Breaking The Sound Barrier.
In 2012, Felix Baumgartner - a daredevil from Austria, made history by free falling from near space.
It was a skydive that shattered records for the highest manned-balloon flight and the highest altitude jump. Baumgartner had become the first man to break the sound barrier with just his body -- without the safety of an airplane.
A New Record
Last week, Alan Eustace, an executive at Google, broke that record by rising up to the edge of the stratosphere - to a height of 135,000 feet (or 41,000 m). Unlike Baumgartner who used a special capsule, Alan Eustace clung to a helium balloon that rose above the New Mexico desert.
Once he reached the desired height, Eustace cut the cord. His free fall lasted about five minutes, during which time he reached a peak speed of 800 miles per hour - faster than the speed of sound! Eustace deployed his parachute at 18,000 feet and floated back to the ground.
For the stunt, Eustace wore a special suit with a life support system, as did Baumgartner for his maiden jump. The reason for this is because the human body cannot survive that altitude - the thin air would make it difficult to breathe, and the vacuum in space would cause fluids in the body to boil.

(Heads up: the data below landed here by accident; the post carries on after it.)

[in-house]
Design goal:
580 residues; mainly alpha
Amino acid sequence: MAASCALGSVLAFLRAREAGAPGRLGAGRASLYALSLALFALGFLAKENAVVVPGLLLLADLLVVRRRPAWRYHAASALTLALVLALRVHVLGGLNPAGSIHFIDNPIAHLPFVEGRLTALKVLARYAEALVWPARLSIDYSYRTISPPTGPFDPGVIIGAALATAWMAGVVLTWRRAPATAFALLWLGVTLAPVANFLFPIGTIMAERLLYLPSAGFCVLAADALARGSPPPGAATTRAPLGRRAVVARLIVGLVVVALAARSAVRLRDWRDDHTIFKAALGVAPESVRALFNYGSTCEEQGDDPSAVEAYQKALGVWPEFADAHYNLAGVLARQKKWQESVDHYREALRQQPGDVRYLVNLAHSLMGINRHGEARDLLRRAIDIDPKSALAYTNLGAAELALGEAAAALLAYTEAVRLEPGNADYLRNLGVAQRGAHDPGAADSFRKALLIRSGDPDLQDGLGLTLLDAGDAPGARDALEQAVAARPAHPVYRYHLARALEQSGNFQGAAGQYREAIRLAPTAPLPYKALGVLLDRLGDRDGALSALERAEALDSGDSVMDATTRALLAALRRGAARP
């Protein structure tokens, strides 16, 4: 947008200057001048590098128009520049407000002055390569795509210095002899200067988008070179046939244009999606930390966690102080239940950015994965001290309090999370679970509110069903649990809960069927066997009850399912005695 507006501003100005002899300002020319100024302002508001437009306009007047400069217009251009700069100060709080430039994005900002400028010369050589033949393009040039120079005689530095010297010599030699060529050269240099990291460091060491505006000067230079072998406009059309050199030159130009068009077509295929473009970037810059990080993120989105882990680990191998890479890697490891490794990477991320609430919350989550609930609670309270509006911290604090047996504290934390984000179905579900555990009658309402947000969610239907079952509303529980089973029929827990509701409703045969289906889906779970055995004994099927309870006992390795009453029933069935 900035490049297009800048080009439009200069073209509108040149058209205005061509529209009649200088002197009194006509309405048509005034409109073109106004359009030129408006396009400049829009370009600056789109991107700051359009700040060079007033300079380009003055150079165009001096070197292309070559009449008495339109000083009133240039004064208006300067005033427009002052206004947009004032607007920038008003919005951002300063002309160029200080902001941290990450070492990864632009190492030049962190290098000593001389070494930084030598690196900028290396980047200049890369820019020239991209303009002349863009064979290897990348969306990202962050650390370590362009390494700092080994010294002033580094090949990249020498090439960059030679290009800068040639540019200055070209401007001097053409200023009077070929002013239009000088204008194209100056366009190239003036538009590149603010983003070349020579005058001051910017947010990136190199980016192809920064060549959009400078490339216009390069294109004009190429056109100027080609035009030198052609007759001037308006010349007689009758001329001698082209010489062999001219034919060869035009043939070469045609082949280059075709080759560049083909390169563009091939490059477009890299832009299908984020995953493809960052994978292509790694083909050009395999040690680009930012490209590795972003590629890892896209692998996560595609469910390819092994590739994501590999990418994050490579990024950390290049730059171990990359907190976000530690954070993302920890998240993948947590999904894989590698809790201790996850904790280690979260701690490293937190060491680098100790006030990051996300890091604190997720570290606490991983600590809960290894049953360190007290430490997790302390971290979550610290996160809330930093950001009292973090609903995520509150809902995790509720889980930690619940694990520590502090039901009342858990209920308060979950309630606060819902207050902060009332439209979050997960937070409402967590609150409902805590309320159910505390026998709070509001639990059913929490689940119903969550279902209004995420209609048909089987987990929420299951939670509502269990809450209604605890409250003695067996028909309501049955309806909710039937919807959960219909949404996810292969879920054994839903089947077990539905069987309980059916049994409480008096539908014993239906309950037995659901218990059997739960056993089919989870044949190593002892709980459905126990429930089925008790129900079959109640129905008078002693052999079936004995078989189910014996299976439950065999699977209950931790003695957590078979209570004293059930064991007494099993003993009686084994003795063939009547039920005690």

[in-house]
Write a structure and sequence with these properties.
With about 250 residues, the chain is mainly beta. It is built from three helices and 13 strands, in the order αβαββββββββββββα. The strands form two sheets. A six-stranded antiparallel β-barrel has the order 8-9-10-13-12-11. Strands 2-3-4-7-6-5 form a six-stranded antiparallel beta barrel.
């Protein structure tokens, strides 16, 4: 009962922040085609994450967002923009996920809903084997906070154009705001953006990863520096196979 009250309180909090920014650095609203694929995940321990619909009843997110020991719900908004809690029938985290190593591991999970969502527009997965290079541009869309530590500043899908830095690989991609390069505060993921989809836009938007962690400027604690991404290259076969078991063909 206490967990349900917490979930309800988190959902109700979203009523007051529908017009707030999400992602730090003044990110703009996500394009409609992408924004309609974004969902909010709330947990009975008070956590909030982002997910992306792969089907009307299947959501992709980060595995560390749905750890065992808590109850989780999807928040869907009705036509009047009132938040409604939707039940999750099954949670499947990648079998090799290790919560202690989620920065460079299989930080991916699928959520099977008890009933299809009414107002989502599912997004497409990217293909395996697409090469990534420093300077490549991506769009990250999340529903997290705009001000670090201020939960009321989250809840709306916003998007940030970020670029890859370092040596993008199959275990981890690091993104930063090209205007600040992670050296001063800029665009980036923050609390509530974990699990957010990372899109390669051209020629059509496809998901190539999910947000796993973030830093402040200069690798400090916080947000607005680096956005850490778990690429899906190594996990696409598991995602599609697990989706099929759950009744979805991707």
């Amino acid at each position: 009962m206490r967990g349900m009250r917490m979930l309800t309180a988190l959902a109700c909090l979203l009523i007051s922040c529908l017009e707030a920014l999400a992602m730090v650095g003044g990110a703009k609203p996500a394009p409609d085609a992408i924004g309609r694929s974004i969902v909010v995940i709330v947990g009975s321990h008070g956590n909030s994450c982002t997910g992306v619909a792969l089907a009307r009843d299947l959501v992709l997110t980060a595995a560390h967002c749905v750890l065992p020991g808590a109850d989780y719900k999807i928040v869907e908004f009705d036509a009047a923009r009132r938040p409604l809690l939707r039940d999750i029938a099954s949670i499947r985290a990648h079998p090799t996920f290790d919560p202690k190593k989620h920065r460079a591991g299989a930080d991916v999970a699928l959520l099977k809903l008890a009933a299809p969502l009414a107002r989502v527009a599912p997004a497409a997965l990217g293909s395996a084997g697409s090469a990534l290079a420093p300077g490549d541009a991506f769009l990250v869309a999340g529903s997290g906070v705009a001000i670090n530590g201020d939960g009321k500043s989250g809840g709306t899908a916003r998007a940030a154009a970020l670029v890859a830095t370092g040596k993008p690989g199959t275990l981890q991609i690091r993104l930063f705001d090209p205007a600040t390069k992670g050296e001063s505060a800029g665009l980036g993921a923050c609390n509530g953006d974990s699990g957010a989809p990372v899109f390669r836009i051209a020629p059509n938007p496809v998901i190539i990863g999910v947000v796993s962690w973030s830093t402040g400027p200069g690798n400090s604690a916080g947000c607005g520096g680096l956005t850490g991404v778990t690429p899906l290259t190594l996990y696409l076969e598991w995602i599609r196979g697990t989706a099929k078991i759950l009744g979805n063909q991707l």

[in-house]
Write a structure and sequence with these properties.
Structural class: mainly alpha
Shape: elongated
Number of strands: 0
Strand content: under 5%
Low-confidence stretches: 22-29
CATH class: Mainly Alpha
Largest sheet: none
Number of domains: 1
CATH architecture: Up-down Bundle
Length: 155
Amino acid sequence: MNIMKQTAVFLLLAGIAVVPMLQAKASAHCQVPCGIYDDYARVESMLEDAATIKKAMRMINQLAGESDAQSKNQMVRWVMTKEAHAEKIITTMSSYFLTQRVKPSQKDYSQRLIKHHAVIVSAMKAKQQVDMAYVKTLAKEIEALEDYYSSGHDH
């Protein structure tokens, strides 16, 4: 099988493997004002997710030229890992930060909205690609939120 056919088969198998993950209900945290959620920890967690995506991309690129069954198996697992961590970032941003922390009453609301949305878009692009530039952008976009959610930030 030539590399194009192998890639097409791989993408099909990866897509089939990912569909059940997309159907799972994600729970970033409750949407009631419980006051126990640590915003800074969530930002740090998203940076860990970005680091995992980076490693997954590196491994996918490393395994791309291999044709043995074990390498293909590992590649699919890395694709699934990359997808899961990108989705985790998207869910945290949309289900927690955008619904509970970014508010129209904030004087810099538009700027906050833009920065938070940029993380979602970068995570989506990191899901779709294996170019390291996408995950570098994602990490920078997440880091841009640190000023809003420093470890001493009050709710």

Sound Barrier: For Real?
Sound as you know travels through air at the speed of 340 m/s (or 760 miles per hour). Have you seen a wave in a football stadium? Similarly, the molecules in the atmosphere vibrate when sound waves hit them. This vibration is passed on to the next molecule and the next, creating what we call a sound wave.
Is there a real, physical barrier to sound? No, the word refers to the buildup of air in front of an aircraft. When an aircraft reaches the speed of sound, air particles cannot get out of the way fast enough. This creates drag, or an opposing force which in turn creates shock waves that jolt an aircraft. The word 'sound barrier' was first coined by early 20th century aviators, as they struggled to make their aircrafts go faster.
Nowadays, aircrafts and spacecrafts routinely break the sound barrier. When the speed of sound of a moving body is the same as that of sound, it is said to be Mach 1. Alan Eustace reached a speed of Mach 1.23.
Was There A Sonic Boom?
You may have heard of sonic booms - or shock waves, produced when an object crosses the speed of sound. Eustace did not feel it when he broke the sound barrier. But the ground crew observing the event, certainly heard the resulting sonic boom. This is similar to if you were standing on a dock, and a speed boat went by faster than the speed of waves. It would generate a wake and you would feel it. However, given the size and the altitude, any shock waves would have dissipated quickly.
Courtesy Guardian, NY Times
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|Date:||Oct 27, 2014|
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